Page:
The commandments were inscribed (cherut) on stone tablets; yet, the Hebrew word cherut, with a different vowelization, means “freedom.” What is the connection? When we observe the commandments of G-d, we are freed from slavery to our yetzer harah (evil inclination).

Joseph‘s Trials Words Give Life

weekly Torah reading: parashas Vayeishev 5782 “Now Israel loved Joseph more than all his children, because he was the son of his old age; and he made him a coat of many colours.” – Genesis 37:3, JPS 1917 Tanach
  1. Joseph‘s Trials
  2. The Deference of Jacob
  3. Immanence and Transcendence
  4. Sins of the Heels
  5. The Bundle of Life

parashas Va’eira 5781

“And moreover I have heard the groaning of the children of Israel, whom the Egyptians keep in bondage; and I have remembered My covenant.” – Exodus 6:5

            A covenant was made with Abraham, many years before his descendants entered Egypt: “And He said unto Abram: ‘Know of a surety that thy seed shall be a stranger in a land that is not theirs, and shall serve them; and they shall afflict them four hundred years” (Genesis 15:12-13, JPS 1917 Tanach).

             H’Shem sent Moshe, whom He spoke to at the burning bush: “‘I have surely seen the affliction of My people that are in Egypt, and have heard their cry by reason of their taskmasters; for I know their pains; and I am come down to deliver them out of the hand of the Egyptians.” (Exodus 3:7-8).

            For H’Shem heard the cry of His people; he “descended to rescue them from the hand of the Egyptians” (Exodus 3:8, Complete Jewish Bible, chabad.org).  Such is His love for His children, that he “descended to rescue them.”  Even though, He is thought of in Talmudic thought as sitting on His throne in Seventh Heaven, He heard our cries from there.

            The Talmud further explains that He can even hear the penitent whisper prayers in the synagogue: for He is not only transcendent; He is also immanent.  This explains to some degree how He can be the Master of the Universe, as well as the One who effects miracles to release His people from bondage. 

Passover Reflections

B”H

14 Nissan 5780

March 8, 2020

Passover preparations, ideally performed in a meticulous manner, especially in regard to removing any speck of chometz (leavened products) that might be left after removing items like breads and cereals from the cupboards, may be viewed as a transition from ordinary time into redemptive time.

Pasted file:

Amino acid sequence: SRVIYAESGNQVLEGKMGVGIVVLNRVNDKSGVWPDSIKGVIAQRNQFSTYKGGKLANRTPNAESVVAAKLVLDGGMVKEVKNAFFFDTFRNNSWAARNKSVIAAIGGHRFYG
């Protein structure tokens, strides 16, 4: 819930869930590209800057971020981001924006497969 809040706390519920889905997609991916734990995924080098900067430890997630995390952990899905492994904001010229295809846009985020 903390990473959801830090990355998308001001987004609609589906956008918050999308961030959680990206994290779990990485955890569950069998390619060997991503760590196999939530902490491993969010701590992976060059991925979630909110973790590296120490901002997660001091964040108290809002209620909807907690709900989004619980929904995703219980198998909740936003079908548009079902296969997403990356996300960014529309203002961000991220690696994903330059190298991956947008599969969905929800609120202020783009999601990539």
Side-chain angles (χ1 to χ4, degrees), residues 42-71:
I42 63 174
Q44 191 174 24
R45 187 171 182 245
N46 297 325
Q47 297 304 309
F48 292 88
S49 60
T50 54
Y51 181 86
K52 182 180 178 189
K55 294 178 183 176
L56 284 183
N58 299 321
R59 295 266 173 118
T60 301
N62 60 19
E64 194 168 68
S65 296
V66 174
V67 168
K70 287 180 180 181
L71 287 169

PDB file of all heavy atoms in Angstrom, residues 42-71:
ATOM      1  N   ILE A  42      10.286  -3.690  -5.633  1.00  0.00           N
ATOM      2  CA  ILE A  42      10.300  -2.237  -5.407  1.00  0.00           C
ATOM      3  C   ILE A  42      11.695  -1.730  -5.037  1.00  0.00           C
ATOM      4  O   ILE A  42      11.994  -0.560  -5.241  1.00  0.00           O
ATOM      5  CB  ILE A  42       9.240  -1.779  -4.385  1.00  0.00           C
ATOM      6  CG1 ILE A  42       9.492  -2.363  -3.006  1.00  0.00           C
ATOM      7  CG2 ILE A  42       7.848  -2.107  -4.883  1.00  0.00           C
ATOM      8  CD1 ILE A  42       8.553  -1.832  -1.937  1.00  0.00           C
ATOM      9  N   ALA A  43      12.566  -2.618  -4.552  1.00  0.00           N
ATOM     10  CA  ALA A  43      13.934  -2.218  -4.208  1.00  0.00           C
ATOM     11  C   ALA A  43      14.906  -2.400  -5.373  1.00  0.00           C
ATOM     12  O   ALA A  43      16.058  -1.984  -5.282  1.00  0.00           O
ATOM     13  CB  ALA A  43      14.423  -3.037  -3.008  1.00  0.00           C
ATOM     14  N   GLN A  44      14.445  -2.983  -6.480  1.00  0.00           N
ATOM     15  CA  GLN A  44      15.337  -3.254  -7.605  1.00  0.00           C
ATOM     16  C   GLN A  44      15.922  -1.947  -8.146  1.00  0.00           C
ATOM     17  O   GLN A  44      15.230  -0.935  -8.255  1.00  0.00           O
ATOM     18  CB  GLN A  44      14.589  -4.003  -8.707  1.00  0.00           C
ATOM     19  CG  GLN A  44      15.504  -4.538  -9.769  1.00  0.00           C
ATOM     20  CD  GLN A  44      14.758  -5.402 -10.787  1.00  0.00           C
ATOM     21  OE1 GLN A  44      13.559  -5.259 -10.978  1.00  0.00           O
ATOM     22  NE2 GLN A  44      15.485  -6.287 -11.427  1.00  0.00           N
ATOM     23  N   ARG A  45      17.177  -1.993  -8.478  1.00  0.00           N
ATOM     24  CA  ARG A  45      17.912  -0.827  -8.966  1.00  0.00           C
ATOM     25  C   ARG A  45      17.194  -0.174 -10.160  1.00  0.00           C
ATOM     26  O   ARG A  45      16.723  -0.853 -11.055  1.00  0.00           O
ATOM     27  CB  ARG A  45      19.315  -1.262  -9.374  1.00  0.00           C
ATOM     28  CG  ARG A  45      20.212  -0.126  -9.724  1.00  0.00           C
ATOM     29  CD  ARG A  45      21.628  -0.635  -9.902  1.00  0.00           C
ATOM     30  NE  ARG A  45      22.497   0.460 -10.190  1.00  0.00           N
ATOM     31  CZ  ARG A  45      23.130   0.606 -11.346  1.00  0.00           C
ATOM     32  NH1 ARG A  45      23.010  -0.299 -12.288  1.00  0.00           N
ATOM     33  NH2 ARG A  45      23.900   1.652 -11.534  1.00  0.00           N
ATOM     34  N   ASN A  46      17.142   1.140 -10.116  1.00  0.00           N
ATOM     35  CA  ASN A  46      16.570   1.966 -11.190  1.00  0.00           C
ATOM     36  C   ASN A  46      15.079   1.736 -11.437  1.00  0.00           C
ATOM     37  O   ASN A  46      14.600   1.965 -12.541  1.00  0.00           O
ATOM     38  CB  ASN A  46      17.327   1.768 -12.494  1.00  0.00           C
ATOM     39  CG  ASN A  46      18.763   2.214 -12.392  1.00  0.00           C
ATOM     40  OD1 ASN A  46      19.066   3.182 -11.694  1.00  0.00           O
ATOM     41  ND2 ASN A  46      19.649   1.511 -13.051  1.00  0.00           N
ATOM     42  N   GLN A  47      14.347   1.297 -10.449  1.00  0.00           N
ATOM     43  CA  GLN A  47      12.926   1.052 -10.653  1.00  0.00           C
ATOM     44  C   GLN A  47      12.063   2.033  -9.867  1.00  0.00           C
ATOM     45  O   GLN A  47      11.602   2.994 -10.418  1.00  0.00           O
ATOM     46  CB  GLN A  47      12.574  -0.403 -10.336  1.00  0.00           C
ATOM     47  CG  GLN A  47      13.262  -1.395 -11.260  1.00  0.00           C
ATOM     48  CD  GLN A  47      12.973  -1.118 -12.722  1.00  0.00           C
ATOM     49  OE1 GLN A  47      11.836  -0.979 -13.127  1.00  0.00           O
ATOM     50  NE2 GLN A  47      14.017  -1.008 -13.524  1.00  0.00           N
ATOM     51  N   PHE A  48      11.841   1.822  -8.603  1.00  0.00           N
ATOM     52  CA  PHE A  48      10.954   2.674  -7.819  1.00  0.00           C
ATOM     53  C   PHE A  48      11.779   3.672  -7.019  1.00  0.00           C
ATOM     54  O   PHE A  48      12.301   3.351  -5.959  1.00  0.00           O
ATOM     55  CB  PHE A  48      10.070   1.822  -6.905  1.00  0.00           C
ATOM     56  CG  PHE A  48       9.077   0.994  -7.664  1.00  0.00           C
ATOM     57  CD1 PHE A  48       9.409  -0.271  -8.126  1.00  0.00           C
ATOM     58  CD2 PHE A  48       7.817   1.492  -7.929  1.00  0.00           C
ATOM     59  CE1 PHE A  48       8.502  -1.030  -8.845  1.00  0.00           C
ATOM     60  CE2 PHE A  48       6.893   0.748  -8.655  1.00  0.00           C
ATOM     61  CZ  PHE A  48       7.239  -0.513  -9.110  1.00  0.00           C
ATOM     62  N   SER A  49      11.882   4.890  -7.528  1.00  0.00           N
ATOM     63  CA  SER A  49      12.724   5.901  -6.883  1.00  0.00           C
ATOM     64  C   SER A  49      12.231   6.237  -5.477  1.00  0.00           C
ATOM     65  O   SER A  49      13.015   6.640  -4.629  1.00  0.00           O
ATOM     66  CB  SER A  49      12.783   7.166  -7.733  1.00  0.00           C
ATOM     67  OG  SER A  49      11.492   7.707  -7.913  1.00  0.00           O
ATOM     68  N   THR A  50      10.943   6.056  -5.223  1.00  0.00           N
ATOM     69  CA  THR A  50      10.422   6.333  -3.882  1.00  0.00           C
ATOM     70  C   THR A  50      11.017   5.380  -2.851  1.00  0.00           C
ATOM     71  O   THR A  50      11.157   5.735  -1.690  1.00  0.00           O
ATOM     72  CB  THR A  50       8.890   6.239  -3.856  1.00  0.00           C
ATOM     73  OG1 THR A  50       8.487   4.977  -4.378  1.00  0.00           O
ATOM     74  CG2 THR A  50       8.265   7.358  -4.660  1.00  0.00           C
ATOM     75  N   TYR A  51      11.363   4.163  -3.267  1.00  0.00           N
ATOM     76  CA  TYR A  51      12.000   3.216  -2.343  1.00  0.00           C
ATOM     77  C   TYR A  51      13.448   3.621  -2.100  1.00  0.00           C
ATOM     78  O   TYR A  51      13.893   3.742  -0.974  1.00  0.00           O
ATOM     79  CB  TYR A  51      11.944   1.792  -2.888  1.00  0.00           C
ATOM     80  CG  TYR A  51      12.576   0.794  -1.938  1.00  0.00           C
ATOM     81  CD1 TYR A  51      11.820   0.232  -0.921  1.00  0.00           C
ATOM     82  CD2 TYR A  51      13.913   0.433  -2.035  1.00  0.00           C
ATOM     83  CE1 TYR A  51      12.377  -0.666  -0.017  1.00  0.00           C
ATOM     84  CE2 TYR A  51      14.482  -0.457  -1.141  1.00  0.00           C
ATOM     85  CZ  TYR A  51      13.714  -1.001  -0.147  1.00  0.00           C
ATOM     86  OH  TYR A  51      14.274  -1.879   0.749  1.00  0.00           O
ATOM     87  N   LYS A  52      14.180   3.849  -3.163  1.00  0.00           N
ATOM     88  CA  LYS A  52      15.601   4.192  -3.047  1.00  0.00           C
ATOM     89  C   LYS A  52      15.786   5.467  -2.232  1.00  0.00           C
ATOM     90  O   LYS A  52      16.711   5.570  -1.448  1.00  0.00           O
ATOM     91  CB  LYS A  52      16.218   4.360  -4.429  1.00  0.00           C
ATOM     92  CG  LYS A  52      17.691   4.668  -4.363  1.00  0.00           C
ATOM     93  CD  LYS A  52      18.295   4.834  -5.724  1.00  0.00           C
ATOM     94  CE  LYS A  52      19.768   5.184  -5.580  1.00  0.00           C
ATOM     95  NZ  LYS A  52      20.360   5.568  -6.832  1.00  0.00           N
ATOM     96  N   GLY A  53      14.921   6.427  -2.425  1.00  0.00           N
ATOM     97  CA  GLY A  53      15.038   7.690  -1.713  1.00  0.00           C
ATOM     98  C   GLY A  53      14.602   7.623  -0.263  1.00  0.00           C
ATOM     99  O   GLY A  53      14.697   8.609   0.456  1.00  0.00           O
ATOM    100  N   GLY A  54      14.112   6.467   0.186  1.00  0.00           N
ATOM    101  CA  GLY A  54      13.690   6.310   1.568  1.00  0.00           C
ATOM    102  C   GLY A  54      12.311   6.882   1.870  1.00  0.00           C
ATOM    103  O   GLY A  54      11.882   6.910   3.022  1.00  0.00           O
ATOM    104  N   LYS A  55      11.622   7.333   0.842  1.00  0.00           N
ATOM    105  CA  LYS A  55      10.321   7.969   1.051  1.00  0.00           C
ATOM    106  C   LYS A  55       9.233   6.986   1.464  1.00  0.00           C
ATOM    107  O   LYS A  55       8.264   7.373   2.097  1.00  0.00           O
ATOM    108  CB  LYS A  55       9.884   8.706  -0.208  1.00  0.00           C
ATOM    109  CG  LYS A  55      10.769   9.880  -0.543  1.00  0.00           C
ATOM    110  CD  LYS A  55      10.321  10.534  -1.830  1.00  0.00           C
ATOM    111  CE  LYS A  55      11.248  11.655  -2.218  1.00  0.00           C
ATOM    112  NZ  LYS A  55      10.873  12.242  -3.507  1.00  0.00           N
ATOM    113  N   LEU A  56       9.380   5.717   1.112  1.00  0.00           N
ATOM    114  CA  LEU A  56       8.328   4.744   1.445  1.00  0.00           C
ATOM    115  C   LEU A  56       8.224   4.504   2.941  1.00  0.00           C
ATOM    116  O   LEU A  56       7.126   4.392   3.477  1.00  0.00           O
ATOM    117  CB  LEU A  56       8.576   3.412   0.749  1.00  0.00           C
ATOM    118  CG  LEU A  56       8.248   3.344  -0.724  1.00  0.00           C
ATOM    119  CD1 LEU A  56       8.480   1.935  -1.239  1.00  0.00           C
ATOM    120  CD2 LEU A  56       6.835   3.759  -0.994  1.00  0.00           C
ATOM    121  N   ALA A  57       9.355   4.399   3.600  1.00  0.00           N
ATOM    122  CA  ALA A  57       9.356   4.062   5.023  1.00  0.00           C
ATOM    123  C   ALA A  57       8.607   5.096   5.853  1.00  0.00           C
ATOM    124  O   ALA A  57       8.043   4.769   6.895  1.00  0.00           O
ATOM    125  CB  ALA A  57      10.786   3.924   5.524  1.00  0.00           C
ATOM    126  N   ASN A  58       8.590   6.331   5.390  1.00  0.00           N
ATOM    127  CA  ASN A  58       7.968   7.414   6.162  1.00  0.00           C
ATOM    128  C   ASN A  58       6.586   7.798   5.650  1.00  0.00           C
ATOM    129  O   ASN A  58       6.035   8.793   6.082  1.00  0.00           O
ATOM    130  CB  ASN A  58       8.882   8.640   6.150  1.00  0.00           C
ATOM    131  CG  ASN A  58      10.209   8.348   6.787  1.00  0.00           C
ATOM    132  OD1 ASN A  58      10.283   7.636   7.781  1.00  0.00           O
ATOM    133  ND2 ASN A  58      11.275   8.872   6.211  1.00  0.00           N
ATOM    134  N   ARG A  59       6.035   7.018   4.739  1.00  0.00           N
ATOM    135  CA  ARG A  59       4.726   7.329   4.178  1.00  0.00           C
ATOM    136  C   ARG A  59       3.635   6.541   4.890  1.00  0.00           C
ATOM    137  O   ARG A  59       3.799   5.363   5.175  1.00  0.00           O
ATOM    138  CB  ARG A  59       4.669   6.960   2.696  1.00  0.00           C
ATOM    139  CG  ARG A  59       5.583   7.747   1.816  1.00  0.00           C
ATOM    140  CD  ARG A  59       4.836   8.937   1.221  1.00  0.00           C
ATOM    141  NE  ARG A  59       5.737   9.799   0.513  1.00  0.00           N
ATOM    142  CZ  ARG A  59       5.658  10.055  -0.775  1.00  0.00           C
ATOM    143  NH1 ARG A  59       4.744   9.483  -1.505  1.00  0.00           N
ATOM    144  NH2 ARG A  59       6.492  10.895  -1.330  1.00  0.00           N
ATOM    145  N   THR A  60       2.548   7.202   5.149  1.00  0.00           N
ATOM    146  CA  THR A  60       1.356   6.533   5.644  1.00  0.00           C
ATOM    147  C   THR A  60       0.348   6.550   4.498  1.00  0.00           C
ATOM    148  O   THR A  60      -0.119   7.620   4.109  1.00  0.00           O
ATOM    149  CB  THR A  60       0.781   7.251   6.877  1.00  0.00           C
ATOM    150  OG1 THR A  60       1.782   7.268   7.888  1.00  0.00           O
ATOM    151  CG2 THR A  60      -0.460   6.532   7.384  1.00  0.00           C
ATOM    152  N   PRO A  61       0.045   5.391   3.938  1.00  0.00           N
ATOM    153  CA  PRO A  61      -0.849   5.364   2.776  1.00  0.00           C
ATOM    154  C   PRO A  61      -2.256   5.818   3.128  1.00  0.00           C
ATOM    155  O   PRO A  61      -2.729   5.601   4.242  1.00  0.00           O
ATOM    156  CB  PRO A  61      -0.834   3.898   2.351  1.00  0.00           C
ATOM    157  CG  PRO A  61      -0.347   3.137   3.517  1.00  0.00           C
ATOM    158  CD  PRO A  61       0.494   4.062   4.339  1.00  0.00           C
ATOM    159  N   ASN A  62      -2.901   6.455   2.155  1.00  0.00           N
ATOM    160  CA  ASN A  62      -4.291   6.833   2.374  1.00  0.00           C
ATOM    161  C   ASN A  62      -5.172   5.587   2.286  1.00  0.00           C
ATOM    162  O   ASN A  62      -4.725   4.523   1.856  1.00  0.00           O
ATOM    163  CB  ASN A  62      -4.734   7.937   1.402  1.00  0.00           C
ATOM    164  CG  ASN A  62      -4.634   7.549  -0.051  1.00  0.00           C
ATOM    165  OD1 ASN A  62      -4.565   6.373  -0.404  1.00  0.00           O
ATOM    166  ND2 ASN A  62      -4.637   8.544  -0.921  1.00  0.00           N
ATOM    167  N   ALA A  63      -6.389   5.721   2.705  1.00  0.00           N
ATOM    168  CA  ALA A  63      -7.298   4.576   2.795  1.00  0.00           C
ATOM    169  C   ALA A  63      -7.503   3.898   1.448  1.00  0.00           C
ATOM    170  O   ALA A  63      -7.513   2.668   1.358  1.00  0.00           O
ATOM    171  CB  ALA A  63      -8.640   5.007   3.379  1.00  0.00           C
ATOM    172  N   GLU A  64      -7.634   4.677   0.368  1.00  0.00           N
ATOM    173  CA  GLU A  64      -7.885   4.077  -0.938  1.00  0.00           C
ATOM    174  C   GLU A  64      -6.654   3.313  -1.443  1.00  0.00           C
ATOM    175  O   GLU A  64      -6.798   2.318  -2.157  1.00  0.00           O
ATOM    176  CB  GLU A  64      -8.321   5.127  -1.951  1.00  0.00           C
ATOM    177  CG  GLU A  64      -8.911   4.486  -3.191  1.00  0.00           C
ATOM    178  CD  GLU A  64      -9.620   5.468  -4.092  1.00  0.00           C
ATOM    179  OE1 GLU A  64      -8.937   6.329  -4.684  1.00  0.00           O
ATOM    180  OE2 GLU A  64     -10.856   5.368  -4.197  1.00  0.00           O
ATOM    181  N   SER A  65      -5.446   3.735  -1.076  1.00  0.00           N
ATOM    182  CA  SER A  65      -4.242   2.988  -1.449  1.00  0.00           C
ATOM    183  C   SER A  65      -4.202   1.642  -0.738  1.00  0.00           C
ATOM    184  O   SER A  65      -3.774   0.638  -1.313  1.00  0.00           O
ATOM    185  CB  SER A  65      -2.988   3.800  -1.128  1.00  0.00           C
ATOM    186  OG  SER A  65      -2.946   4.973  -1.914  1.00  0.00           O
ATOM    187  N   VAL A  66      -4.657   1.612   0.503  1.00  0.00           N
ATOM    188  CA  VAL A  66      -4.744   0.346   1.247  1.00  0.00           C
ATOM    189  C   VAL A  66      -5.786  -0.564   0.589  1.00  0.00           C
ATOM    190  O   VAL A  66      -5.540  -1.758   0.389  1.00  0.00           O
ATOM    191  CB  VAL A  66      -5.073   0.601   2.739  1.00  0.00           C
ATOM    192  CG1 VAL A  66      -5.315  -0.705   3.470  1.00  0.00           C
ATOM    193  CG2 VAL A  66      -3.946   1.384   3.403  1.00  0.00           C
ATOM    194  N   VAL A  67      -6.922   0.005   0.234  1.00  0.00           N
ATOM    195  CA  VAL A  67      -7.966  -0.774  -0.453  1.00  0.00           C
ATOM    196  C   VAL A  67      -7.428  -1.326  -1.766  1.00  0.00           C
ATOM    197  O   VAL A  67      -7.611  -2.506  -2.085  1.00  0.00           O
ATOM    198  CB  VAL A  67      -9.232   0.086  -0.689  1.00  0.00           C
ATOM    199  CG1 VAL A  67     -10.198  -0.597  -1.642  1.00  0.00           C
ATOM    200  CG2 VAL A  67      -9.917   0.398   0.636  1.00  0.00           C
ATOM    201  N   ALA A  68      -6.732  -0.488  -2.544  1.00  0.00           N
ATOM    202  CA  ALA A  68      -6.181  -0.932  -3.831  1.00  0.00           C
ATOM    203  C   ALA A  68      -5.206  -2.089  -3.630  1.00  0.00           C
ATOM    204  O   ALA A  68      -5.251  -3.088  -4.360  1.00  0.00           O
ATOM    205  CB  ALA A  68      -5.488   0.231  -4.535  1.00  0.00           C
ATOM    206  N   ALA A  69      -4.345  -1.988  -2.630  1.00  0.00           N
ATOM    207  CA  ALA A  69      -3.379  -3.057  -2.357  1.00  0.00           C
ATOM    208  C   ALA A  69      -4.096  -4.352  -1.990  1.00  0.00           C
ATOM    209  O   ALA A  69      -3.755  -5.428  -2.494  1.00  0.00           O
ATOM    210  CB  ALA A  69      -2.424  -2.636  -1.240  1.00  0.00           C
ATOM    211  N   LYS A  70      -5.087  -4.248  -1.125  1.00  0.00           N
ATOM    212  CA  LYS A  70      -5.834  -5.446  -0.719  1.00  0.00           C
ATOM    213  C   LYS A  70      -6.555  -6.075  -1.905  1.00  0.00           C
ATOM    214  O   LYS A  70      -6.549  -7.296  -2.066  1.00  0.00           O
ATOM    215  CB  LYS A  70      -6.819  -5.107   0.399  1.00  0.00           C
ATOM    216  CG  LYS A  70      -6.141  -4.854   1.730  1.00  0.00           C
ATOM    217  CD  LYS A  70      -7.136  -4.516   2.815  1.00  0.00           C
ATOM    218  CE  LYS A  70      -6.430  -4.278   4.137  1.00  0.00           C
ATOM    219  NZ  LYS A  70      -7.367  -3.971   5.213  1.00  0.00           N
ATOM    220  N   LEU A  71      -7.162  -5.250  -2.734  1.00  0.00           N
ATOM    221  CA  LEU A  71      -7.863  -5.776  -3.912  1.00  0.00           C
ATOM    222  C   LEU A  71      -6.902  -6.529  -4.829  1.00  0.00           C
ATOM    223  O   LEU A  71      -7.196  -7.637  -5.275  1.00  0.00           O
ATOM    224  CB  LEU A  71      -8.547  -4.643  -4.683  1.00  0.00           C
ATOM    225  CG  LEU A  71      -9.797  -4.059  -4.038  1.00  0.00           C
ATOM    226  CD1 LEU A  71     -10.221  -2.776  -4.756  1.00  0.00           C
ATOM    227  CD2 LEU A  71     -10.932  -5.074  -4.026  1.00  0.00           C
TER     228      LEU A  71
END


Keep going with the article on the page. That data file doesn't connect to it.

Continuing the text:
The seder, a traditional 2-4 hour meal, inclusive of various foods eaten for their symbolic value, plus the reading of the Hagaddah (Exodus narrative, embellished with songs and commentaries), is the way we relive our Redemption from slavery in Egypt. Each food represents part of the experience leading towards Redemption.

The search for chometz, in and of itself, is symbolic. Chometz represents sin, pride, and the yetzer hara (evil inclination). As meticulous as we may be in our search for crumbs, we need to look inside ourselves, as well, in order to bring to light what lurks in the darkness of our personalities. Then, we may transition from being enslaved to our yetzer hara, into the freedom of our redemptive selves, wherein we seek to follow our yetzer tov (good inclination).

“Depart from evil, and do good;

seek peace, and pursue it.”

– Psalm 34:14, JPS 1917 Tanach

daily contemplation: Shifting Values

B”H

February 16, 2020

“I will redeem you with an outstretched arm.”

– Exodus 6:6, JPS 1917 Tanach

There is a saying, concerning the departure from Egypt, that B’nei Yisrael (the Children of Israel) had a much more challenging task ahead of them: removing Egypt from their hearts. They were brought out through the strength of G-d, Who redeemed them “with an out stretched arm.” Yet, the greater effort on their part, was incumbent upon themselves to make the changes in their new approach to life, effectively, leaving their past ways behind.

Although help from Above, through G-d’s intervention, may serve as a catalyst to change, our response is required, with the upmost discipline, to heed the call to freedom on a daily basis. Although B’nei Yisrael was freed from slavery, they became servants of G-d through matan Torah (the giving of the Commandments). True freedom is embracing the yoke of Heaven, so that we may be free from the burden of chet (sin).